If you have bad credit, refinancing your auto loan might seem nearly impossible. The good news is that although there are no guarantees, you do have options to pursue – there are some lenders out there who may be able to help you. This article explores how to refinance a car with bad credit and provides tips on avoiding loan rejections.
Before you start looking at auto refinancing loans, go through your credit report first to see where you stand. You can request your credit report from Experian, Equifax or TransUnion. According to the Federal Trade Commission (FTC), each of these three credit reference agencies is obliged to send you a free copy of your credit report once per year, upon request.
If you notice any disputes or errors on your credit report, try to get these fixed asap. Lenders want to see that you can make your repayments on time each month, so wait as long as you can before applying for a loan if you’ve missed repayments in the past (late payments stay on your file for seven years, but will have less of an impact as time goes by).
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A lower interest rate may be the main reason you’re looking to refinance your auto loan in the first place; in turn, this could lower your monthly payments. It can be tricky to get a reasonable rate of interest if you have bad credit, but if you’ve been working hard to repair your credit score, it may be possible.
Before you do your research on lenders, document the terms of your existing loan and your vehicle details, and gather your personal financial information together, for example, your social security number, employment details, and pay stubs.
Look for lenders who specialize in auto-refinancing loans for people with bad credit (see the providers at the bottom of this article to help you get started). Compare interest rates, loan periods and use a car loan calculator to make sure you can manage the expected monthly repayments. Note charges for late payments, admin/arrangement fees or penalties for early repayment and check out other customers’ feedback on each lender to ensure they have a decent level of customer service.
It’s always a good idea to approach your existing lender first as they offered you a loan to begin with and may be willing to provide an extended auto loan with a lower interest rate. Mention that you’re shopping around to try to get better terms – this might be the nudge that your lender needs to offer you a more satisfactory deal.
If your credit score has deteriorated since you originally borrowed the funds, then your lender may refuse to refinance your loan. In which case, it’s time to look elsewhere.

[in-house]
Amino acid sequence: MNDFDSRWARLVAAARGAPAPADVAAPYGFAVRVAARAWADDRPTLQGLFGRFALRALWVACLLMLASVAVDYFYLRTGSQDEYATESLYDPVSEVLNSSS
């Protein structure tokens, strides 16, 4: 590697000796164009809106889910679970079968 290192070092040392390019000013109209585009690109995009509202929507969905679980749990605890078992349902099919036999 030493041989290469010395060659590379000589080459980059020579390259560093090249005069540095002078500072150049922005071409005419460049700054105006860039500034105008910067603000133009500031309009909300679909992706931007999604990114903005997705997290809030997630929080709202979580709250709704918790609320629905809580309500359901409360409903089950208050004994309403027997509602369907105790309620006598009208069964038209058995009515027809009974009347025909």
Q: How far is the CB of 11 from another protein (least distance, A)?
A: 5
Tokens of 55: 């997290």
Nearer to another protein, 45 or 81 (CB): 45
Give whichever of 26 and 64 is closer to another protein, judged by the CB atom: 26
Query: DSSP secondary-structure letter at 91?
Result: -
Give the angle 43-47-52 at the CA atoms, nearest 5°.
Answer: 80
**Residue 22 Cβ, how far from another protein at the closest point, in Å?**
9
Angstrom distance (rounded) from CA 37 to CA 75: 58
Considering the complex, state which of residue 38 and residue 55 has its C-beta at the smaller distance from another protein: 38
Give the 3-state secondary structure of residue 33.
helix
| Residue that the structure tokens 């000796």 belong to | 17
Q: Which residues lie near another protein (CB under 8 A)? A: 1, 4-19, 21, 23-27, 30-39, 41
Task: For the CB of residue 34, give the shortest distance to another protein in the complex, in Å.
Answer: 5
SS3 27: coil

- At Credit.com, you can compare auto loans according to your credit rating with their calculator.
- Bankrate also has an auto-refinance calculator on their site that could be of use if you’ve made your payments on time for the last 6-12 months and you think your credit score has improved.
- If you know you do still have a poor credit score, check out this poor credit car payment calculator over at Calculators.org.
Listed below are auto loan brokers to check out when you’re ready to refinance your vehicle:
Auto Credit Express finds auto loans for people with good, bad and no credit by matching them to a lender or dealer that is likely to accept them. They can help those with poor credit refinance their auto loans and have some helpful resources for credit repair on their website.
My Auto Loan might be worth looking at if your credit score has improved somewhat over the last 6-12 months. This company matches your requirements for auto-refinancing to various lenders and provides you with up to 4 offers in a matter of minutes.
Valley Auto Loans offers auto refinancing with a 100% application acceptance rate, according to its website’s homepage. Like the other companies mentioned above, Valley Auto Loans is a broker that matches borrowers (even those with bad credit) to lenders that can help them.
*The interest rates and auto refinancing terms for any loan offers you receive is dependent on your borrowing needs and credit history.
Refinancing your auto loan with a lower interest rate will help you save money in the long run and may mean more manageable monthly payments too. If you have bad credit, bear in mind that trying to improve your credit score first will most definitely increase your chances of being accepted for a refinance deal that works for you.
**The above information is correct at the time of publishing.